XMOS adds a hard core USB interface to its latest micro and targets its soft peripherals on digital audio applications. The XS1-SUx family (Fig. 1) has one or more 700 MIPS, 8-thread XCore processors along with a USB 2.0 interface. The latter has an on-chip PHY.

XMOS first released a multicore XCore-based chip (see Multicore And Soft Peripherals Target Multimedia Applications) where all peripherals were implemented in software. Bit banging tends to be hard with standard cores but when you have 8 threads that are tightly linked to the hardware then soft peripherals become efficient and very flexible.

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Figure 1. The XS1 XCore supports 8 threads with a hardware scheduling system.

Still, some interfaces tend to be more efficient when implemented in hardware. This is the case with USB especially since the PHY is a key part and something that cannot be emulated in software. Likewise, the 12-bit 1Msample/s ADC makes analog chores easier.

The ADC is a handy addition but it tends to be used for control and interface chores when the chip is supporting its initial target market, streaming digital audio. Interfaces I2S and SPDIF are serial digital interfaces and match the XCore architecture very well. The single core XS1-SU1 is capable of handling 4 inputs and 4 outputs simultaneously while retaining sufficient processing power to massage the digital streams. Add the USB Audio 2.0 standard and the XS1-SUx family is almost a perfect match to support this application area.

The XS1-SU1 is a single core version of the USB-enabled architecture and it is priced at $5. The dual core XS1-SU2 adds more processing power.

Although digital audio is the target market for the new family, the chips are really general purpose processors, now with a USB and ADC on-board. The chips retain the high speed, serial XLink interfaces that can connect multiple chips together. Arrays of the quad core versions, without USB support, have tackled computational chores.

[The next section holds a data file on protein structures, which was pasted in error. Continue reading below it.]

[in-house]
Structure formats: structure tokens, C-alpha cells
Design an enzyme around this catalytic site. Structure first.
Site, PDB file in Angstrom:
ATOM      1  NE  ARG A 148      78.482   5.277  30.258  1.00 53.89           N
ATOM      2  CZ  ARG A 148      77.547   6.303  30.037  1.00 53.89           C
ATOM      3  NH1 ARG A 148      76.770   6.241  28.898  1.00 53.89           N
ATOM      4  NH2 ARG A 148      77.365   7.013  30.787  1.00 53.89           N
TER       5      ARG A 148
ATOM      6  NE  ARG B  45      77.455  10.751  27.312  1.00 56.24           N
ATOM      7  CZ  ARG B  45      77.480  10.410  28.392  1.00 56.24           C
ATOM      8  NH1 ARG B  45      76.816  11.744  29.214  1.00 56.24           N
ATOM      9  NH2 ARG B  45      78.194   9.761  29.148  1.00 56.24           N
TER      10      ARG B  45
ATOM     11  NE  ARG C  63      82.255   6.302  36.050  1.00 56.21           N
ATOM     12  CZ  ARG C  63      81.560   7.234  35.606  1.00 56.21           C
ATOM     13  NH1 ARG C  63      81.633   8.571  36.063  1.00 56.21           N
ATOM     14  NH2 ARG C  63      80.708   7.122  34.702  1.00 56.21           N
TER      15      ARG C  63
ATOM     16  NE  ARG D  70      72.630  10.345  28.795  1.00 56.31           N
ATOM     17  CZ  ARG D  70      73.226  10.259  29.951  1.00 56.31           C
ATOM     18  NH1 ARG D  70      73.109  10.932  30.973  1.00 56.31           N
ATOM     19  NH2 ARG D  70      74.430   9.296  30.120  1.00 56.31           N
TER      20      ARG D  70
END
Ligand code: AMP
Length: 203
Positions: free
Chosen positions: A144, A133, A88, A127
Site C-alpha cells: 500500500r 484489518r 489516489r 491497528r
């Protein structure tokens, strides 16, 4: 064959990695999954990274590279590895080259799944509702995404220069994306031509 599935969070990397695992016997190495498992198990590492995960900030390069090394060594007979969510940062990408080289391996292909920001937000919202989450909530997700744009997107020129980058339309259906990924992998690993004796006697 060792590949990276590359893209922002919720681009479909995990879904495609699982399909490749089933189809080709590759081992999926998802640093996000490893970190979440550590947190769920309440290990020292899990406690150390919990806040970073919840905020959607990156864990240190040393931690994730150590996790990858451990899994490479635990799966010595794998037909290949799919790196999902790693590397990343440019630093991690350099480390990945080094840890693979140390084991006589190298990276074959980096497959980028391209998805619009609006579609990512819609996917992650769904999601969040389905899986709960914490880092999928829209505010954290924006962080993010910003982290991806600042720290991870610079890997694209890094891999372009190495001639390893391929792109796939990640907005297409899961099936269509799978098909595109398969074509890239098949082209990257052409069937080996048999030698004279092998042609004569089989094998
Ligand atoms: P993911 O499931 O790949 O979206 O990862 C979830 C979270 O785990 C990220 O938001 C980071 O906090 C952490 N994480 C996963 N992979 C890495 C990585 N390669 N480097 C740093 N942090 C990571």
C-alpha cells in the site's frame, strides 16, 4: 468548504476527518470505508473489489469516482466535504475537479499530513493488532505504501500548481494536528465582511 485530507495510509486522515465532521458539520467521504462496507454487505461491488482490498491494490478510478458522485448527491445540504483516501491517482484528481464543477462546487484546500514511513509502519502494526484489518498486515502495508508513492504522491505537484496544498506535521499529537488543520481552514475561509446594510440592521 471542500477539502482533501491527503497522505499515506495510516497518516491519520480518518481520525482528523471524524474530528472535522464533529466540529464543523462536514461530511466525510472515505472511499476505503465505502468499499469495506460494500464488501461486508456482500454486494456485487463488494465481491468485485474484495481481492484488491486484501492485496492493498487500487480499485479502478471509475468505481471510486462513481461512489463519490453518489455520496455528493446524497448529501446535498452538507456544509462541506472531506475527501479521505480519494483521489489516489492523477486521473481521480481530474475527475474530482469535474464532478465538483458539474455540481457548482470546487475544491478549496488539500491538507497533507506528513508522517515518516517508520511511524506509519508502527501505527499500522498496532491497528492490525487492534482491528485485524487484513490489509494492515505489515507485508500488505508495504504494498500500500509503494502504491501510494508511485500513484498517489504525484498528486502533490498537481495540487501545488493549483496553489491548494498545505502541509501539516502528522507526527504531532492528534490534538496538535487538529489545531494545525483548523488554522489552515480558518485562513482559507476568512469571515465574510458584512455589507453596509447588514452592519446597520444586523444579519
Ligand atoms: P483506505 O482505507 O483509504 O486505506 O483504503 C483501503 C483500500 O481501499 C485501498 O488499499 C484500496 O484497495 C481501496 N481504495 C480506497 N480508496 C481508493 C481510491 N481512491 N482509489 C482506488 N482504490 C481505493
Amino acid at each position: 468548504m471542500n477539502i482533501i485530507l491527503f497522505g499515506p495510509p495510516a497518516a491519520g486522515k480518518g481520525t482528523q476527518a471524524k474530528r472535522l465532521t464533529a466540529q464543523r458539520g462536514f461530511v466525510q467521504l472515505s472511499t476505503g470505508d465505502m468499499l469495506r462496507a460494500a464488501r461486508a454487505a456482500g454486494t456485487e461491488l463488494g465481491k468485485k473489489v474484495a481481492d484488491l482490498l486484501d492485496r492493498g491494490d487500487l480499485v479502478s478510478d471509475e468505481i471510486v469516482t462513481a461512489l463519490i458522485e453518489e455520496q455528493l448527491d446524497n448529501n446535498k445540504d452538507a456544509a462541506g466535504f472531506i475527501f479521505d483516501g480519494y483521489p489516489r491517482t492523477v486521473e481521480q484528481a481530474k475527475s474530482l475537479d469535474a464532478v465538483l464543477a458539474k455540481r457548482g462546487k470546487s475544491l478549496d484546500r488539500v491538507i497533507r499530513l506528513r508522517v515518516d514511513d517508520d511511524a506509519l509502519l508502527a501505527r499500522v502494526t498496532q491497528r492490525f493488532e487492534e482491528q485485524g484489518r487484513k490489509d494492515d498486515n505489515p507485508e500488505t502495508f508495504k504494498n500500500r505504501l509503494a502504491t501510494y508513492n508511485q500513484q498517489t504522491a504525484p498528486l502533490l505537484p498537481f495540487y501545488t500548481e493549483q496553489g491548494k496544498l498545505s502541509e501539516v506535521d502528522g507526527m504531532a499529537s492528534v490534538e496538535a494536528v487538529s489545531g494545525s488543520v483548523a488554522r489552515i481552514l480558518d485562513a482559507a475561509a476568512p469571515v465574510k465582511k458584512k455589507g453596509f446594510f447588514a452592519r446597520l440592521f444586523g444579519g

There is also a matching, on-chip interprocess communication system that compliments the XLink support. This allows threads to be placed on different cores in a multicore system.

Each core maintains the state of 8 threads and implements a hardware scheduler that is tied to the I/O system. They have 64 Kbytes of RAM and 128 bytes are maintained in deep sleep mode. There is 8 Kbytes of OTP memory. Off-chip serial storage is normally used for development. It can also be used in production as well. The OTP locks in an application or provides storage for keys or other static data.

The system has a number of power modes and is designed for low power operation. It has an integrated a DC-DC power supply that delivers a 1V supply for the core. The chips are designed to be mounted on a 2 layer board with a minimum number of external components.

A number of hardware development platforms are available for XS1 chips. XMOS is now using their own chip to implement JTAG debugging for these development tools.

Software support includes an Eclipse-based IDE that runs on Windows, Linux and the Mac. The XC compiler supports C and C++. XMOS has its own assembler and linker. There is also a cycle-based simulator and debugging is handled by the GNU gdb debugger. Digital audio runtime support is also part of the mix.

Dealing with soft peripherals is interesting. I have used them with the XS1 as well as other platforms like Parallax's Propeller (see Parallax Propeller). Modifying existing peripherals and coming up with new ones is something that is not possible with most alternatives.